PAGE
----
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Four student researchers were presented with the Society for Applied Spectroscopy’s (SAS) Atomic Technical Section Student Award at SciX 2019.
Four student researchers were presented with the Society for Applied Spectroscopy’s (SAS) Atomic Technical Section Student Award at SciX 2019. Carlos Abad, a postdoctoral researcher at the Federal Institute for Materials Research and Testing (BAM) (Germany), Joseph E. Lesniewski, a PhD student at Georgetown University (Washington D.C.), Htoo Paing, a graduate student at Clemson University (Clemson, South Carolina), and Ingo Strenge, a final-year PhD candidate at the University of Seigen (Germany), received their awards on Tuesday October 15, at SciX 2019 in Palm Springs, California.
Abad earned his PhD in the spring of 2019 from the Humboldt-Universität zu Berlin. He was a visiting scientist at the Leibniz-Institute for Analytical Science in Berlin, Germany from 2015–2018, and at the Lawrence Berkeley National Laboratory in 2018. While working toward his PhD under the supervision of Norbert Jakubowski and Ulrich Panne, he developed a passion for spectrochemical analysis using optical and mass spectrometry. His research interests focus on the development and application of optical spectrometry of transient diatomic molecules for trace analysis of non-metals and stable isotope analysis. He has been an active science communicator and member of the SAS since 2017.
Lesniewski is working toward his PhD at Georgetown under the guidance of Kaveh Jorabchi. Prior to his work at Georgetown, he was twice awarded a Summer Undergraduate Research Fellowship, which supported his research at the National Institute of Technology (NIST) headquarters in Gaithersburg, Maryland. At Georgetown, Lesniewski’s work focuses on addressing high-sensitivity elemental quantification of non-metals, such as chlorine and fluorine, for facile quantification of analytes without compound-specific standards. Lesniewski hopes to further improve sensitivity of non-metal elemental analyses through exploring new ionization chemistries, and to expand the applications of elemental quantification in environmental and pharmaceutical investigations.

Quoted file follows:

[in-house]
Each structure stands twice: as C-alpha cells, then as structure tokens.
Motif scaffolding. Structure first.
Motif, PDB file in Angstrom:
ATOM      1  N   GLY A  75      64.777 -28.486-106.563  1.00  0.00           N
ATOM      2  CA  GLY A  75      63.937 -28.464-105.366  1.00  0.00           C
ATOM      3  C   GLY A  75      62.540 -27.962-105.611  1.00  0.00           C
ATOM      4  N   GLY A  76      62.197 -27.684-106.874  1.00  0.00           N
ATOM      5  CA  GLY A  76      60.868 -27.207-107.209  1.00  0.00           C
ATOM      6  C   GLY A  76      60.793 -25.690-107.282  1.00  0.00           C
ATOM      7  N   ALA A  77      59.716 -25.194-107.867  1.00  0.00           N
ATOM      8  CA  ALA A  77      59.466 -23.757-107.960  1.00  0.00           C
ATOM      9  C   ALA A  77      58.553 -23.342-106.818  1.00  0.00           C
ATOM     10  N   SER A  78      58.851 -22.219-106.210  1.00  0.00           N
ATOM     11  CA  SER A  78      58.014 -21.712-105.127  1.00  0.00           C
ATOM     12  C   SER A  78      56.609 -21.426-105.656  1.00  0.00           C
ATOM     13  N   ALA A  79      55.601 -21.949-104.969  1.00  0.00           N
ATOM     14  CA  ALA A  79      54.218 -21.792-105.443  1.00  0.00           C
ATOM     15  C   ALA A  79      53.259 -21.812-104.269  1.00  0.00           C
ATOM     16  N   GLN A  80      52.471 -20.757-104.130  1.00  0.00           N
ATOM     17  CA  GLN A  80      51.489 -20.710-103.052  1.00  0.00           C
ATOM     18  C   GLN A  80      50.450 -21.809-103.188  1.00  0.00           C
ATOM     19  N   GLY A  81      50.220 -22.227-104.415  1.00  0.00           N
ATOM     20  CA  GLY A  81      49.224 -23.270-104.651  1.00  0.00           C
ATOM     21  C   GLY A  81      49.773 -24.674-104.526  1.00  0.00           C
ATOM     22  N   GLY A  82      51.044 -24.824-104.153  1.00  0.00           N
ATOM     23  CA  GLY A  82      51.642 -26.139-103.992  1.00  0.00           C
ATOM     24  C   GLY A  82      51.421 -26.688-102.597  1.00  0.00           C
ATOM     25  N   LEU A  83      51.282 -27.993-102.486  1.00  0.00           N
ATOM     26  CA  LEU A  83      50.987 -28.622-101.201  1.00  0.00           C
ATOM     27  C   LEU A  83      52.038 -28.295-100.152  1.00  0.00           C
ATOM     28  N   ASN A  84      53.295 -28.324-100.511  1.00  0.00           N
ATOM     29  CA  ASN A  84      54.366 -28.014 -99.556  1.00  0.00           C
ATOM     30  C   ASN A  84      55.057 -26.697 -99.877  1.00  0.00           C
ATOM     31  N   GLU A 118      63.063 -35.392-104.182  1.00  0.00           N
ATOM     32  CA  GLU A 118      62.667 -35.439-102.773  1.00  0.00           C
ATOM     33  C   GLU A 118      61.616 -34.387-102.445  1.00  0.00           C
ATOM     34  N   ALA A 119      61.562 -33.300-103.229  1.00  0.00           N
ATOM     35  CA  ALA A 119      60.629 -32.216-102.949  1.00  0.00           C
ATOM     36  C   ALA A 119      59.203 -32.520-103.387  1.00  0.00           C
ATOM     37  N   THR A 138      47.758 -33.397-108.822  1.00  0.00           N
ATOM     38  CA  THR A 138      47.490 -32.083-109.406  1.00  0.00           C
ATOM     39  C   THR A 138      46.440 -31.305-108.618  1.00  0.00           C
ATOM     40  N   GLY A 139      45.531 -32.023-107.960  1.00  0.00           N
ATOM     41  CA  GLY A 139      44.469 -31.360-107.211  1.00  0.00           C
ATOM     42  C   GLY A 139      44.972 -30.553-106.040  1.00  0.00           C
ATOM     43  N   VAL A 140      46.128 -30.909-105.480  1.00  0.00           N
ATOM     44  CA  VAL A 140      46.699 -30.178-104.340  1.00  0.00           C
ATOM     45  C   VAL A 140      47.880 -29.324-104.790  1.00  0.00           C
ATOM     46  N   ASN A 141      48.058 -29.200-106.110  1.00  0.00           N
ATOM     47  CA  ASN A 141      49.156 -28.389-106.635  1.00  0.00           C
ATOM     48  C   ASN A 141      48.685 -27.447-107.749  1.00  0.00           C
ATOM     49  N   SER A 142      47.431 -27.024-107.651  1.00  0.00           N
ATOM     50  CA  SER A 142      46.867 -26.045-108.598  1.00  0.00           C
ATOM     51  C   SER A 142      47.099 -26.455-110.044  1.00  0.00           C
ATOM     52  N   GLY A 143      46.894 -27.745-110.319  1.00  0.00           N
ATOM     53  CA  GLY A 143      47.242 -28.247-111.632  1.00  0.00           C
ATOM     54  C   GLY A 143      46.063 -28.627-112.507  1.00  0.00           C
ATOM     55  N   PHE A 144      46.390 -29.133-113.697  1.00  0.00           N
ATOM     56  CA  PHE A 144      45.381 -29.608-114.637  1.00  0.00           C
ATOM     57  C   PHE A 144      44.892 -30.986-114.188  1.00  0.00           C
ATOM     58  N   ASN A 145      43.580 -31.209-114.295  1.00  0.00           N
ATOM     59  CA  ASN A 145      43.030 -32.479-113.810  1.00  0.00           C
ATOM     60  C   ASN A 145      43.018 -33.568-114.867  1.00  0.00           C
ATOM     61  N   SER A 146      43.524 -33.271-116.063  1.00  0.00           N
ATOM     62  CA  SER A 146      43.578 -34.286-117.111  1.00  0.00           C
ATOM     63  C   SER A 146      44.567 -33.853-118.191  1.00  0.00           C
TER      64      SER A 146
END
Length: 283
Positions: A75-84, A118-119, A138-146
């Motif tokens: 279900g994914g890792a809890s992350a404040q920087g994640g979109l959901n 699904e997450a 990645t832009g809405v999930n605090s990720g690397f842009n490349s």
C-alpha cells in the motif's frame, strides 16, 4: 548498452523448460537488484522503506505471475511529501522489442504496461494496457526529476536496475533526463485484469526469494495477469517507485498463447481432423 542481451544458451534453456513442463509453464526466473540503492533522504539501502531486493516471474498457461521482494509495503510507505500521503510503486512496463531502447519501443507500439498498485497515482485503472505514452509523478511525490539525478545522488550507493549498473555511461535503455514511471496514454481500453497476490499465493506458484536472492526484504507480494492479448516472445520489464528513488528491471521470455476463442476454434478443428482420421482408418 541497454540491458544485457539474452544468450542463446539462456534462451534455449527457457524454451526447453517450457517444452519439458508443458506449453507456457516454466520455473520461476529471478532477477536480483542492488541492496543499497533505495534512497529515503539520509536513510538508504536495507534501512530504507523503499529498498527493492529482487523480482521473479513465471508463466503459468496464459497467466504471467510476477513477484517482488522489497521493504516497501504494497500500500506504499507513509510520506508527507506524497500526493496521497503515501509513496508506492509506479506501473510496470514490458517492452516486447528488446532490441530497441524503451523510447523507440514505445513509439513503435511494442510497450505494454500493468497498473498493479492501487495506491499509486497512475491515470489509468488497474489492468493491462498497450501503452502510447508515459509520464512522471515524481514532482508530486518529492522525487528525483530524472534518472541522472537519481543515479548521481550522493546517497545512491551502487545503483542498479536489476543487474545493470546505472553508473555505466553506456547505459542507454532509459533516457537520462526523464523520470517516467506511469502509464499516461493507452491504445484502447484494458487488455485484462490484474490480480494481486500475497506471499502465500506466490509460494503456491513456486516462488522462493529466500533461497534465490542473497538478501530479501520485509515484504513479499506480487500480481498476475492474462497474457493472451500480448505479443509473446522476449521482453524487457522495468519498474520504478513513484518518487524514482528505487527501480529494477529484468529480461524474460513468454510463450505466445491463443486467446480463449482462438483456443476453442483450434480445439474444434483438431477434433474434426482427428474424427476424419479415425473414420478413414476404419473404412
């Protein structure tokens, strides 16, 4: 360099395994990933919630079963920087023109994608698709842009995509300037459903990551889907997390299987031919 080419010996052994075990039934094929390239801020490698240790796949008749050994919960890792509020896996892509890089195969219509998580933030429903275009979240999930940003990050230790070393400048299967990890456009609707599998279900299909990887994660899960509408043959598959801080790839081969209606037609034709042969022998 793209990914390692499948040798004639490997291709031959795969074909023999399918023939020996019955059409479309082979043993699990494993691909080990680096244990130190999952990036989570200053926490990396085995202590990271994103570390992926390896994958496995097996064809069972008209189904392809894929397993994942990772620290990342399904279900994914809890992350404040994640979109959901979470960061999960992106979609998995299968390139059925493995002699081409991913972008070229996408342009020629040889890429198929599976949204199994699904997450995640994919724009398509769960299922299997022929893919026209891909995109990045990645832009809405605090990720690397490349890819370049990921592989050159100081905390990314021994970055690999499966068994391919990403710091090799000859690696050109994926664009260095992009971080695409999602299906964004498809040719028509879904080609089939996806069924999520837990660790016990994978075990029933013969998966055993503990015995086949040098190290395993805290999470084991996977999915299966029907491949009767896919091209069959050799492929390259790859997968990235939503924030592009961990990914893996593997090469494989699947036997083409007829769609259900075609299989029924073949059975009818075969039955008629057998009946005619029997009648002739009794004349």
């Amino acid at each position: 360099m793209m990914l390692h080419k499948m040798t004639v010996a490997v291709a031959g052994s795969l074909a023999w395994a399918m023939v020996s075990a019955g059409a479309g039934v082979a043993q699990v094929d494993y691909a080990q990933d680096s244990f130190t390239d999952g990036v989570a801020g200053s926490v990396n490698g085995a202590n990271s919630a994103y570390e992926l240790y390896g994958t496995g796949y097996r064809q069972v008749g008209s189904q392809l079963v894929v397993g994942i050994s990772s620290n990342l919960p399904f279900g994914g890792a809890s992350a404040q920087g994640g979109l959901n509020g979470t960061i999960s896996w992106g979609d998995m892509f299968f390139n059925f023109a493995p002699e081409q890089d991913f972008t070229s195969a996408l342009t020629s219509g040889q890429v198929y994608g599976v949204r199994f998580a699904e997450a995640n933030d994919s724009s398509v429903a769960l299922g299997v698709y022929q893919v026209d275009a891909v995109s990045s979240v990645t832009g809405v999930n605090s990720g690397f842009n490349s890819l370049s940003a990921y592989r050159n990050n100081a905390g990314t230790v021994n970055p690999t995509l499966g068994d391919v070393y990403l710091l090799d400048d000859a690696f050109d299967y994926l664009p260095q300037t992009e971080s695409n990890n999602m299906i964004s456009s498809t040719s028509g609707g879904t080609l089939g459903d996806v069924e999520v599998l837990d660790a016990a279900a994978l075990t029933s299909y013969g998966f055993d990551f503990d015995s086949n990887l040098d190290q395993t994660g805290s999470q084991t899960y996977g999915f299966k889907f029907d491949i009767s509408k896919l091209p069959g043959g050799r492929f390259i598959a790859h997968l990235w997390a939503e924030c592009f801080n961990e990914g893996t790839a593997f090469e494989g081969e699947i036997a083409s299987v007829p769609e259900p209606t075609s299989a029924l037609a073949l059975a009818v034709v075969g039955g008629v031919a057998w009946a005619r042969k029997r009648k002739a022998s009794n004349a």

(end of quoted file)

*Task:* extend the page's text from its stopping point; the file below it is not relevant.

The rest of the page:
Paing is working on developing the liquid sampling atmospheric pressure glow discharge plasma (LS–APGD) as a miniature ionization and excitation source for various applications from nuclear security to pharmaceutical analysis under the mentorship of Kenneth Marcus. With his research, Paing hopes to deconvolute some of the mechanisms and processes occurring in LS–APGD. Paing recently was awarded the Innovations in Nuclear Technology R&D Award from the Department of Energy. He would like to pursue a career in academia.
Strenge’s research, under the direction of Carsten Engelhard, focuses on improving methods and instrumentation for the detection and characterization of single nanoparticles using inductively-coupled plasma–mass spectrometry (ICP-MS). He developed novel data acquisition and processing concepts to overcome current limitations of ICP-MS platforms such as insufficient time resolution, finite measurement duration, low-duty cycle, and other measurement artifacts known to occur in the realm of single-particle ICP-MS (spICP-MS). His current work is with NIST, where he continues his research and helps to establish, evaluate, and improve microsecond time-resolved spICP-MS within their laboratories.